On Sept. 14, 2001, Congress wrote what would prove to be one of the largest blank checks in the country’s history. The Authorization for Use of Military Force against terrorists gave President George W. Bush authority to attack the Taliban, the Sunni fundamentalist force then dominating Afghanistan that refused to turn over the mastermind of the attacks perpetrated three days earlier, Osama bin Laden.

In the House of Representatives and the Senate combined, there was only one vote in opposition: Barbara Lee, a Democratic representative from California, who warned of another Vietnam. “We must be careful not to embark on an open-ended war with neither an exit strategy nor a focused target,” she said. “We cannot repeat past mistakes.”

Days later, Mr. Bush told a joint session of Congress just how broadly he planned to use his new war powers. “Our war on terror begins with Al Qaeda, but it does not end there,” Mr. Bush declared. “It will not end until every terrorist group of global reach has been found, stopped and defeated.”

More than 17 years later, the United States military is engaged in counterterrorism missions in 80 nations on six continents. The price tag, which includes the wars in Afghanistan and Iraq and increased spending on veterans’ care, will reach $5.9 trillion by the end of fiscal year 2019, according to the Costs of War project at Brown University. Since nearly all of that money has been borrowed, the total cost with interest will be substantially higher.

The war on terror has been called the “forever war,” the “long war,” a “crusade gone wrong.” It has claimed an estimated half a million lives around the globe.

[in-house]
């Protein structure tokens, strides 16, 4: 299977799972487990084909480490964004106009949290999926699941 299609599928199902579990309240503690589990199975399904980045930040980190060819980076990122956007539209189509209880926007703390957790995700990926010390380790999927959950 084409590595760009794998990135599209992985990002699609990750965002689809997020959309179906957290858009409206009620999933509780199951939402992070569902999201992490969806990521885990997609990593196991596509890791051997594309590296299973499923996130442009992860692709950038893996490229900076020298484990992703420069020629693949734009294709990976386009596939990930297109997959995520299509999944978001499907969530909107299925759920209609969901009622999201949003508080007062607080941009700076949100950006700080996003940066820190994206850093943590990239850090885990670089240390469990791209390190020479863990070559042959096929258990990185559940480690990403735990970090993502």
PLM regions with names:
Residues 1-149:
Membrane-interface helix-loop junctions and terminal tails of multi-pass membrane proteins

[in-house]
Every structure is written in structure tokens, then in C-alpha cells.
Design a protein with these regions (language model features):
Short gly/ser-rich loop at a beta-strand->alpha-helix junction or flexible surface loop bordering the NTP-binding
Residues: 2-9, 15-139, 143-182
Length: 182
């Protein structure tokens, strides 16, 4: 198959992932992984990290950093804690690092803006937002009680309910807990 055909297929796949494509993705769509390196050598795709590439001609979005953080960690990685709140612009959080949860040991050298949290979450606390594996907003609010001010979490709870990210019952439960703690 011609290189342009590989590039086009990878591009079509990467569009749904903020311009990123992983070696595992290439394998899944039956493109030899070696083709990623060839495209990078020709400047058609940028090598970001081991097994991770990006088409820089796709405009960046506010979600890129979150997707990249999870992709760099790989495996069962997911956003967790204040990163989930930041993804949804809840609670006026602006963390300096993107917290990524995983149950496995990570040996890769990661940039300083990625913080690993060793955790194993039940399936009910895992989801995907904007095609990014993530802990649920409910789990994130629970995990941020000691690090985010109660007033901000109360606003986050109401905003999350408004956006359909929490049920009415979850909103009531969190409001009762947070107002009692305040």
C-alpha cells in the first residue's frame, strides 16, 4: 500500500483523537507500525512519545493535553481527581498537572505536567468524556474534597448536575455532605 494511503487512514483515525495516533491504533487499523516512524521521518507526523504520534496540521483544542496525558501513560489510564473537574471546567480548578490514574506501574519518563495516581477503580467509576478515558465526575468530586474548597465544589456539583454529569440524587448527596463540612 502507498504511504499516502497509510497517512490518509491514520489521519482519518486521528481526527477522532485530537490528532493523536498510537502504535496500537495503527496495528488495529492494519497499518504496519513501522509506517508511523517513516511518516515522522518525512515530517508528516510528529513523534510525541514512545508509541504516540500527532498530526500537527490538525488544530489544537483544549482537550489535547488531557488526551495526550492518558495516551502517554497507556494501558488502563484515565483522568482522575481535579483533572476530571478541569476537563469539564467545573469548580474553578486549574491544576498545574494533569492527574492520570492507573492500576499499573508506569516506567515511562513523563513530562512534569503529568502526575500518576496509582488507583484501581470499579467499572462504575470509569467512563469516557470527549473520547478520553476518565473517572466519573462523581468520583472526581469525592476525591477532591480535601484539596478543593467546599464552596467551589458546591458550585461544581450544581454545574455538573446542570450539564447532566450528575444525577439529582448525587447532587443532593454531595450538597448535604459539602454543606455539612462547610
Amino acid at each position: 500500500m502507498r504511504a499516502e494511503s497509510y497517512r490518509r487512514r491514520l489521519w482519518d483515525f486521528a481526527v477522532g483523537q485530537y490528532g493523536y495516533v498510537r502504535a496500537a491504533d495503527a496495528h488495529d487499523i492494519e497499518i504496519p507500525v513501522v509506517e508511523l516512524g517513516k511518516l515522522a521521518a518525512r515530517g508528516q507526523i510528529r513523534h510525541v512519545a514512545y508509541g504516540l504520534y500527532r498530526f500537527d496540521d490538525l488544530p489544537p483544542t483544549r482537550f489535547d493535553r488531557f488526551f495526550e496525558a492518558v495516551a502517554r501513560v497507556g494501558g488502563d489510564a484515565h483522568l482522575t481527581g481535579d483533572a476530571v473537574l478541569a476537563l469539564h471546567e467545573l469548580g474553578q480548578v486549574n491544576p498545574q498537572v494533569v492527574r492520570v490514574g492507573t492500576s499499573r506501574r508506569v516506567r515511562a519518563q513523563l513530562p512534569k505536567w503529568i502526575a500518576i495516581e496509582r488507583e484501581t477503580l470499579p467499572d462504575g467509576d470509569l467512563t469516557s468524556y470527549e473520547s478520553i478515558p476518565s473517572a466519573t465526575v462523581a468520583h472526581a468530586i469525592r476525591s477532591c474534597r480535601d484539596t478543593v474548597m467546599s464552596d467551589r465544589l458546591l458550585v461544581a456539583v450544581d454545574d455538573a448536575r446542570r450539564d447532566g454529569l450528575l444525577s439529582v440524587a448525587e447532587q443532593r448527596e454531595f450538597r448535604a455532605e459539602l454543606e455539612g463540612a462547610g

It is long past time for a reappraisal.”

via Opinion | End the War in Afghanistan – The New York Times

Opinion | The Real Lesson of Sept. 11 – by Joe Quinn – NYT

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“. . . . . I learned that Osama bin Laden’s strategic logic was to embroil the United States in a never-ending conflict to ultimately bankrupt the country. “All that we have to do is send two mujahedeen to the furthest point east to raise a piece of cloth on which is written ‘Al Qaeda,’” he said in 2004, “in order to make generals race there to cause America to suffer human, economic and political losses without their achieving for it anything of note ….” Why are we continuing to do what Bin Laden wanted all along?

But that, ultimately, was not the thing I realized.

I learned that every part of me wanted to just stay quiet with my feelings about the war because I was afraid of what people might say. It’s easier to bask in the warm embrace of “Thank you for your service” without questioning what that service was for. One way or another, we were all affected by Sept. 11, which has caused us to view the war through a distorted lens. This is why most of us won’t comment or share or at least have a dialogue about the war.

But the main reason I wanted to stay quiet is because it has embarrassingly taken me 17 years to realize something, and what I realized was this: Seventeen years ago, staring at that picture of Mohammad Atta, I wanted revenge against the people who killed my brother. But what I finally realized was that the people who killed my brother died the same day he did.